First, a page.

Debating the future of maritime law and policy
Researchers and postgraduate students have presented their ideas about how maritime law and policy should be shaped in the future. The 4th annual conference was held at City University London on the 12th April 2013. It was organised by the London Universities Maritime Law and Policy Research Group (LUMLP), which is based at City.
Topics covered included the threat of terrorism, smuggling and piracy to the cruise ship industry; the effect of the expiration of antitrust guidelines and the compensation mechanisms available to victims of oil pollution damage caused by offshore facilities.
The conference is designed to provide a supportive environment for researchers and postgraduate students to present their work. Submissions in all areas of law and policy, including relevant interdisciplinary work, are welcome. Each speaker has fifteen minutes to present their research ideas, followed by a ten minute discussion.
Professor Jason Chuah is Head of Academic Law at The City Law School and an expert in Maritime Law. He is also an Executive Director of The London Universities Maritime Law and Policy Group:
"The conference brings together researchers from various parts of Europe to share their research findings. It is the only maritime law conference of its kind in Europe and indeed, the world. Cutting edge research is shared. This is the fourth year for the conference and we are gratified to see it grow from strength to strength."
Three postgraduates from City University London submitted their research at the event. Carlo Corcione presented a paper about the protection of agents and contractors involved in shipping operations. Often individuals such as terminal operators, stevedores or freight agents rely on contracts between the shipper and shipowner for protection from liability. His research considers the legal problems with extending the contractual protection to those individuals who are not parties to the contract.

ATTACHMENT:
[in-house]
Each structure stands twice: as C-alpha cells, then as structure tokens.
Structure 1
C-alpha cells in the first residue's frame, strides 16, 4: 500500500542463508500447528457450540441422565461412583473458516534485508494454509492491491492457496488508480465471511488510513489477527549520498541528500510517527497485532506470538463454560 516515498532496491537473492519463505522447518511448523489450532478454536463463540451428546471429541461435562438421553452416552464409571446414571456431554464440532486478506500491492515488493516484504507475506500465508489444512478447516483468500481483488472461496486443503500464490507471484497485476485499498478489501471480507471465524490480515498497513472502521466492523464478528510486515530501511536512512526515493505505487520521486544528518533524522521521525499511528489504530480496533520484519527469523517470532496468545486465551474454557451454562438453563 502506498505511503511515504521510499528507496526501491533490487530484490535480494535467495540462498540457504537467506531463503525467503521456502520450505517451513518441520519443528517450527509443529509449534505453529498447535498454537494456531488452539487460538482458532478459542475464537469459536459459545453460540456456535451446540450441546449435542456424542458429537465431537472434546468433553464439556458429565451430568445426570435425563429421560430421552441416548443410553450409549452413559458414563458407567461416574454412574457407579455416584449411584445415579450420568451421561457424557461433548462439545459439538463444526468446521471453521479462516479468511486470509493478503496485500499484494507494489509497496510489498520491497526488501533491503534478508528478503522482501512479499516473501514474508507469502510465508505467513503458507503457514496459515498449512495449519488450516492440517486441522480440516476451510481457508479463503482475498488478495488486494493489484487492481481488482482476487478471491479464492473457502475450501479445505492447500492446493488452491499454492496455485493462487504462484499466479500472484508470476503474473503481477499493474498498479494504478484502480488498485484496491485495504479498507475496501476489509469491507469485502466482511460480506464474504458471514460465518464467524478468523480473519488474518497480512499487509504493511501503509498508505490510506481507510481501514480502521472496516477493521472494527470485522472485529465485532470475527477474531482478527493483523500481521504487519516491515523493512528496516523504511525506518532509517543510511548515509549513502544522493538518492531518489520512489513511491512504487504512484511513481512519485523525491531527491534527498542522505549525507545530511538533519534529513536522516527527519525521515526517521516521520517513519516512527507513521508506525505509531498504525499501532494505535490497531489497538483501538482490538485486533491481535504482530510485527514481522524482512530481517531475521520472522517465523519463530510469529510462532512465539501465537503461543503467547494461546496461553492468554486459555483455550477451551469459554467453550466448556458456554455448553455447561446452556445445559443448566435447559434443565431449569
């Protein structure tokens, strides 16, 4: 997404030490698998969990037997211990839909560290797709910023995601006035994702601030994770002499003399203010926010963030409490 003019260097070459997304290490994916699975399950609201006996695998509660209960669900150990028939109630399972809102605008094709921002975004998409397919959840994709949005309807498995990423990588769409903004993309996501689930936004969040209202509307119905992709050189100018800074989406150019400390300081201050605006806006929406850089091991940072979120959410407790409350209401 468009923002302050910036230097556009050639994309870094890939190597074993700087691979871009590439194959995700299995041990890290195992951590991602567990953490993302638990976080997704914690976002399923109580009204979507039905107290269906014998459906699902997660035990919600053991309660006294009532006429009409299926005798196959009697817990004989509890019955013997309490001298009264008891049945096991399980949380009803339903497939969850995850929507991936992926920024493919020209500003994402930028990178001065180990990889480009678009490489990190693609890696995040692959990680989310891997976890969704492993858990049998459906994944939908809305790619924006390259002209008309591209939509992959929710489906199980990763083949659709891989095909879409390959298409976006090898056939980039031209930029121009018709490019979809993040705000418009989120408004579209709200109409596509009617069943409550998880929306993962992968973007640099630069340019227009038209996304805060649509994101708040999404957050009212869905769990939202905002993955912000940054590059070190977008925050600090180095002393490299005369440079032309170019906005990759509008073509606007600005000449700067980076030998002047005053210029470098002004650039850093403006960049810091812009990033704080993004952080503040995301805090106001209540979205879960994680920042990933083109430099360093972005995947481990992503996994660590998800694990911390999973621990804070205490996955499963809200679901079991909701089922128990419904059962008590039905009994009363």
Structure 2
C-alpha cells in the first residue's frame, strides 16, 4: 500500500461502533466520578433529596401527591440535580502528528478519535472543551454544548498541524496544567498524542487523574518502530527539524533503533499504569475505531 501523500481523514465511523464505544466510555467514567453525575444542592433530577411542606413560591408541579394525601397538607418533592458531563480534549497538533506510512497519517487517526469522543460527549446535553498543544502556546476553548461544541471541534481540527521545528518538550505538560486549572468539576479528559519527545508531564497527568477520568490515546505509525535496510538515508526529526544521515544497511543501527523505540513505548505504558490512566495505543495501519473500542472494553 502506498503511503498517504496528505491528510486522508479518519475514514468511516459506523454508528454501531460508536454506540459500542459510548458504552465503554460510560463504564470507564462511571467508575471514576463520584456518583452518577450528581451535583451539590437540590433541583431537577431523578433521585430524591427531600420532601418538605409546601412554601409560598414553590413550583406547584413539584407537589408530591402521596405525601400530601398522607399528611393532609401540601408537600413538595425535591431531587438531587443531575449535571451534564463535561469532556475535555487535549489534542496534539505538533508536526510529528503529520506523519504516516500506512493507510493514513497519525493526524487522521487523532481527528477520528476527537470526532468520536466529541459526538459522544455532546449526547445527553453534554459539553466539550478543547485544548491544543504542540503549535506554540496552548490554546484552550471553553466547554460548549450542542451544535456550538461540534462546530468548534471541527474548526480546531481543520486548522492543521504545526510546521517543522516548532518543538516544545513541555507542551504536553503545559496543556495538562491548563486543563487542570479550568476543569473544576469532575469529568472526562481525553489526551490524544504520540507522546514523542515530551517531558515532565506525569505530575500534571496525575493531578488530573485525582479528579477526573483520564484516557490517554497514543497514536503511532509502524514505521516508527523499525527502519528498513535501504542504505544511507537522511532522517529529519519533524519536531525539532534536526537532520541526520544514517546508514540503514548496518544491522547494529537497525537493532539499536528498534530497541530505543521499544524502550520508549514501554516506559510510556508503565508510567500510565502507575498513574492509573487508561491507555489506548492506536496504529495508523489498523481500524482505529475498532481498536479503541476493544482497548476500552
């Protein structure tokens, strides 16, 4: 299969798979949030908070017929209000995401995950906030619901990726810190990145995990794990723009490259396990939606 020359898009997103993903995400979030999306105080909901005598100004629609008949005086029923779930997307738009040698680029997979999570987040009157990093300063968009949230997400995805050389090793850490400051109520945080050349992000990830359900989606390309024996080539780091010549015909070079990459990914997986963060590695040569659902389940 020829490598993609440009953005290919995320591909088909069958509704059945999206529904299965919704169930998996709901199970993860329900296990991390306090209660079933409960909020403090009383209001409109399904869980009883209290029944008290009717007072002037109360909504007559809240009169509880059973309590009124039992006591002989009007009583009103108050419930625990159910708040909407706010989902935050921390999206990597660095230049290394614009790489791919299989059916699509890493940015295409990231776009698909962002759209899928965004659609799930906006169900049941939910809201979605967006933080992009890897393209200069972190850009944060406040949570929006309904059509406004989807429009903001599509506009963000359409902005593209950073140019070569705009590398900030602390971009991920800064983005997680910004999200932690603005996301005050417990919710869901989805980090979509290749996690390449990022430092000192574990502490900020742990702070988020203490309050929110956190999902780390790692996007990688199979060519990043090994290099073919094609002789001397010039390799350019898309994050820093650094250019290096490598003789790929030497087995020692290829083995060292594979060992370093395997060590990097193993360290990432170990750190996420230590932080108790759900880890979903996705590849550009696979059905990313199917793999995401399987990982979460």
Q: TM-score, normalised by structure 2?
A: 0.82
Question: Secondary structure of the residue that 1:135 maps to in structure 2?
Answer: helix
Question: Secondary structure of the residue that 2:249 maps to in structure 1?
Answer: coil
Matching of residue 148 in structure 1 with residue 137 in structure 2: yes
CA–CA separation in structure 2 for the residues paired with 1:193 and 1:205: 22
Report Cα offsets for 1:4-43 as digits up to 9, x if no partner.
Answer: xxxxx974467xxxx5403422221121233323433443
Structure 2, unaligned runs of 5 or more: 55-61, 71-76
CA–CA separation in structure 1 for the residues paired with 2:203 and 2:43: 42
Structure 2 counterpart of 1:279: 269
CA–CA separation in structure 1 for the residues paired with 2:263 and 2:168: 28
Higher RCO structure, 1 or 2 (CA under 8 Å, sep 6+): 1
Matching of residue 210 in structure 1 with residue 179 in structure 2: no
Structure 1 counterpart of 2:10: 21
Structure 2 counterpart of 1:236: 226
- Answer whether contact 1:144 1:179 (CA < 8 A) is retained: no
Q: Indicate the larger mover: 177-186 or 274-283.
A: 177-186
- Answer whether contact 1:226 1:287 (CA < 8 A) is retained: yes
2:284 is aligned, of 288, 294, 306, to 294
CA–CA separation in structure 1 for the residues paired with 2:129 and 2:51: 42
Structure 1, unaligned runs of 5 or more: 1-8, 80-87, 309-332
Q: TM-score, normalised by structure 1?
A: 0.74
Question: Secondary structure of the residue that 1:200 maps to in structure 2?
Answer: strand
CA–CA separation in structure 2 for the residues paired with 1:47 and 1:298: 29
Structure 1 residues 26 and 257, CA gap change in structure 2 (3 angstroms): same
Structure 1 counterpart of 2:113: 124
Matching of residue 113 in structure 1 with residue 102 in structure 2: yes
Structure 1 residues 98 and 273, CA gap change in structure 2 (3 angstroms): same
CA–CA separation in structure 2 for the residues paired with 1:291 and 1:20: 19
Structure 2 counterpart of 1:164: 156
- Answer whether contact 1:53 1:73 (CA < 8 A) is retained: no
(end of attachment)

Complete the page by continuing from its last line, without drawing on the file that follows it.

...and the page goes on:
The research of PhD candidate Dimitrios Arvanitis is entitled: 'The legal status of offshore oil and gas installations in international law: Are they 'ships'?'. His thesis examines marine pollution originating from offshore oil and gas installations and asks whether the regulations on ship pollution would apply to these installations.
Julia Constantino Chagas Lessa's research focuses on the 'abandonment of seafarer'. Her presentation explored whether or not abandonment constituted a breach of the seafarer's employment contract. Julia questioned the sort of protection available for seafarers kidnapped by pirates given that a clause covering such an eventuality is unlikely to exist in their employment contract.
The sessions were chaired by Professor Lars-Göran Malmberg, expert in Public Law and Transportation Law at the University of Gothenburg in Sweden; Dr Minghua Zhao, a Marine Sociologist, at the Greenwich Maritime Institute; Susan Hawker a Principal Lecturer in International Trade and Shipping Law at London Metropolitan University and Professor Chris Bellamy, Director of the Greenwich Maritime Institute at the University of Greenwich.
Further details about the work of the London Universities Maritime Law and Policy Research Group (LUMLP) can be found on The City Law School website.